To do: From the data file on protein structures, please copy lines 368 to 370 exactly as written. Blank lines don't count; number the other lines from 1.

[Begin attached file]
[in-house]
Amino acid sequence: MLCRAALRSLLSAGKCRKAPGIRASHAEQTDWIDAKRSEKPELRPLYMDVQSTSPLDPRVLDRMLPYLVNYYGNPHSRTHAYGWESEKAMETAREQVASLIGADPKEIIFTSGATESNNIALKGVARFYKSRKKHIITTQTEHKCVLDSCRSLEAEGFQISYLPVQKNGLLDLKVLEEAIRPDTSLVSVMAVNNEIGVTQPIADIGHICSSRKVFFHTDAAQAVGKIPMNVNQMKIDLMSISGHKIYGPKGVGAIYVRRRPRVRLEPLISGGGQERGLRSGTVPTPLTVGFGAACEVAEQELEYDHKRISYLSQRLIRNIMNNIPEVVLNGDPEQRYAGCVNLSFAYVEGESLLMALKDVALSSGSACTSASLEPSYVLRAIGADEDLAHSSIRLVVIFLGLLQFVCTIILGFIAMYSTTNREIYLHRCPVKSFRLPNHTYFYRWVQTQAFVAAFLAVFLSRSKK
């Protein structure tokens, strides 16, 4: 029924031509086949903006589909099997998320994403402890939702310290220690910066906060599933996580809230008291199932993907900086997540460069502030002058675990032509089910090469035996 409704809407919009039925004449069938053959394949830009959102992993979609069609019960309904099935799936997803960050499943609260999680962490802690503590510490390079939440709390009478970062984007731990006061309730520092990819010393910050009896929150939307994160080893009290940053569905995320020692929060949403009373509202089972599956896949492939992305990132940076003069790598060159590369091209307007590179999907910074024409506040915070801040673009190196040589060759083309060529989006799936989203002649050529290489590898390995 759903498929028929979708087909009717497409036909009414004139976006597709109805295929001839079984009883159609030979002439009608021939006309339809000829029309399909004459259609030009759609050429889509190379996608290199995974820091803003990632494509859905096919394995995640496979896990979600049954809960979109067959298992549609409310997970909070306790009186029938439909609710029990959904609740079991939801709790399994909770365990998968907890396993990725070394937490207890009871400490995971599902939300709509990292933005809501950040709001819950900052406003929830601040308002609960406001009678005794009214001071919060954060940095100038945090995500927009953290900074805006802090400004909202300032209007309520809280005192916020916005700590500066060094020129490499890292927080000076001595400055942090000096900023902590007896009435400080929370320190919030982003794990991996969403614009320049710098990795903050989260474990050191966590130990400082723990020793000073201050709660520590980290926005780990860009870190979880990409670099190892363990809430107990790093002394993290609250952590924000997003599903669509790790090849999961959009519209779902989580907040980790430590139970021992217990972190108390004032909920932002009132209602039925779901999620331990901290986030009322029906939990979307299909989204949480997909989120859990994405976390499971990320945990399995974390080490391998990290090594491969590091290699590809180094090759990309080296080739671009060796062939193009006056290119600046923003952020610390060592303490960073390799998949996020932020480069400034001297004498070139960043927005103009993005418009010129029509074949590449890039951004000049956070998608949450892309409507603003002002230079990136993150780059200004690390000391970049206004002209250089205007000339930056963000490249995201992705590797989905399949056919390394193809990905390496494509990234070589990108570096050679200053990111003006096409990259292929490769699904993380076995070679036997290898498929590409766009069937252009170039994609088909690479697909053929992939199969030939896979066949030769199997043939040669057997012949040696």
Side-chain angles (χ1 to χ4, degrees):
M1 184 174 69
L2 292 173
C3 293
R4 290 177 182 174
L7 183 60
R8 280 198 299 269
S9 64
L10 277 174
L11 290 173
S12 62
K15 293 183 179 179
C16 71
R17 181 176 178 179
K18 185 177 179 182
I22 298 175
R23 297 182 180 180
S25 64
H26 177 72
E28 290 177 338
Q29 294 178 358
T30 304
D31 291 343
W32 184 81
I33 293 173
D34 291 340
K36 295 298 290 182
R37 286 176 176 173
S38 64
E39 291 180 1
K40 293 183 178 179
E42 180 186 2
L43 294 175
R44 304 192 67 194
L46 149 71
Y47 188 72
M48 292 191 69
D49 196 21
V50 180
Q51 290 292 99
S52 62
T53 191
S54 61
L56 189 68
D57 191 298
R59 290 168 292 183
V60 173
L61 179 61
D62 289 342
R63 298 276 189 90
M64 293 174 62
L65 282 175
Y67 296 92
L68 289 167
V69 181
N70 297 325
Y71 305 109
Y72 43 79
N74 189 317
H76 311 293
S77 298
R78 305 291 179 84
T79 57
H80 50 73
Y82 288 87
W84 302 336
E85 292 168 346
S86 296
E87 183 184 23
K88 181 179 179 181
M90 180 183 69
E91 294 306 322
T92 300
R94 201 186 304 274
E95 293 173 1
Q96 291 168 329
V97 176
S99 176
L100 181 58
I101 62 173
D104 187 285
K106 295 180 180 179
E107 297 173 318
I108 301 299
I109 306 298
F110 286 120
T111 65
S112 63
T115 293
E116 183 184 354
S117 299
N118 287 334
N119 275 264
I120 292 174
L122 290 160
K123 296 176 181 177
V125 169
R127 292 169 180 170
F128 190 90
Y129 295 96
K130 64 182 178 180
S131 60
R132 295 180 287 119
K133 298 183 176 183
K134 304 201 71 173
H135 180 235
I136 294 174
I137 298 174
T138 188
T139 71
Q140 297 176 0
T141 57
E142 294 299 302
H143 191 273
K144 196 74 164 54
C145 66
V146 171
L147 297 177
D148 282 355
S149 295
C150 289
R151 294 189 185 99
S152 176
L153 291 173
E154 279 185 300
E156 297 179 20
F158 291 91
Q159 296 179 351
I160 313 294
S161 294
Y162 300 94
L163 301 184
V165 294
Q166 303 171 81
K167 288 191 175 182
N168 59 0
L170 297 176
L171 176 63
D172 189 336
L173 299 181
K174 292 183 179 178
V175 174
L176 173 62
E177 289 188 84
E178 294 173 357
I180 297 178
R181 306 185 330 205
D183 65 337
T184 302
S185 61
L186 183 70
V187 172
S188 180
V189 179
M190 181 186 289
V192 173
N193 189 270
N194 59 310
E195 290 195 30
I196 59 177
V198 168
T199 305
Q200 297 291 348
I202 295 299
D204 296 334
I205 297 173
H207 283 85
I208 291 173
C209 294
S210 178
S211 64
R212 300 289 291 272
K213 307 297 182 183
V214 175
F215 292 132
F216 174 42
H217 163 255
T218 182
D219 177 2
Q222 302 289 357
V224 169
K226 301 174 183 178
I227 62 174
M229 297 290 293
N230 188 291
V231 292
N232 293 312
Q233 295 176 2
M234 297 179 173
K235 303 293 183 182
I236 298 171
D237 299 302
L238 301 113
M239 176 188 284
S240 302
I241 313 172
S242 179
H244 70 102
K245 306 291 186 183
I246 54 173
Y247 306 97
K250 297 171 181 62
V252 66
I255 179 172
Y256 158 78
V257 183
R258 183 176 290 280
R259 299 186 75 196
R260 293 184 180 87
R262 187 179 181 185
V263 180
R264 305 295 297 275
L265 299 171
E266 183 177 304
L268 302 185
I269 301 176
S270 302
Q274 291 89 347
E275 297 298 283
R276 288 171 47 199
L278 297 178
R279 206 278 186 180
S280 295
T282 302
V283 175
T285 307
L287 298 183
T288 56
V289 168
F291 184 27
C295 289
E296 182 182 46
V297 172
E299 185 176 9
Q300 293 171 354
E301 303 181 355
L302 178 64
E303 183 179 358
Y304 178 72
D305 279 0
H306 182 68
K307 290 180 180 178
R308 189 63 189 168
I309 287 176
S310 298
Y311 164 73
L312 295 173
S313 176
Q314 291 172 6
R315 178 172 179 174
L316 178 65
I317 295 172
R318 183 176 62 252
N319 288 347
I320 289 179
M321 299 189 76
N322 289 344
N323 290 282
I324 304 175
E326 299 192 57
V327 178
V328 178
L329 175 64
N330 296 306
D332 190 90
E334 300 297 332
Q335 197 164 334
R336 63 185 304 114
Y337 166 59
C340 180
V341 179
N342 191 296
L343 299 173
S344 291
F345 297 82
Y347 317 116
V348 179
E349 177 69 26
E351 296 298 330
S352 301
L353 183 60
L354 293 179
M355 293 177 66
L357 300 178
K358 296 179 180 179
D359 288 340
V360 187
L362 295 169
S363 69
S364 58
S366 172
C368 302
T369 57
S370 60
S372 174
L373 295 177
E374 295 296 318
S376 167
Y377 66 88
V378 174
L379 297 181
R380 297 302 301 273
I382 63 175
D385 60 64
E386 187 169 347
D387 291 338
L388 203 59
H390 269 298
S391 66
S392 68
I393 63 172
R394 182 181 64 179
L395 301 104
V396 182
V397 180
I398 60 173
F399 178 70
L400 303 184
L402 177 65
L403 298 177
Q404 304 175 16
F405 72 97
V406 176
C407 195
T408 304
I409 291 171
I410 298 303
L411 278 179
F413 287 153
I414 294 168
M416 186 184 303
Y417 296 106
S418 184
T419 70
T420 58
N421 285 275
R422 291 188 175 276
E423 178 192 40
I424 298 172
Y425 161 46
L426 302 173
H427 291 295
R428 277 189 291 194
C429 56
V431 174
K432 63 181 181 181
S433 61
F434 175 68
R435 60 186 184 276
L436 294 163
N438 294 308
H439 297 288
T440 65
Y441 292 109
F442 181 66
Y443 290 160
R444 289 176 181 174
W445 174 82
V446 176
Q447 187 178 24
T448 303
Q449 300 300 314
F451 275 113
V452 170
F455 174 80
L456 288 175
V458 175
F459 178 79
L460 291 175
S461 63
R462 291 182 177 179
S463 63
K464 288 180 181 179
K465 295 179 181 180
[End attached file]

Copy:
F455 174 80
L456 288 175
V458 175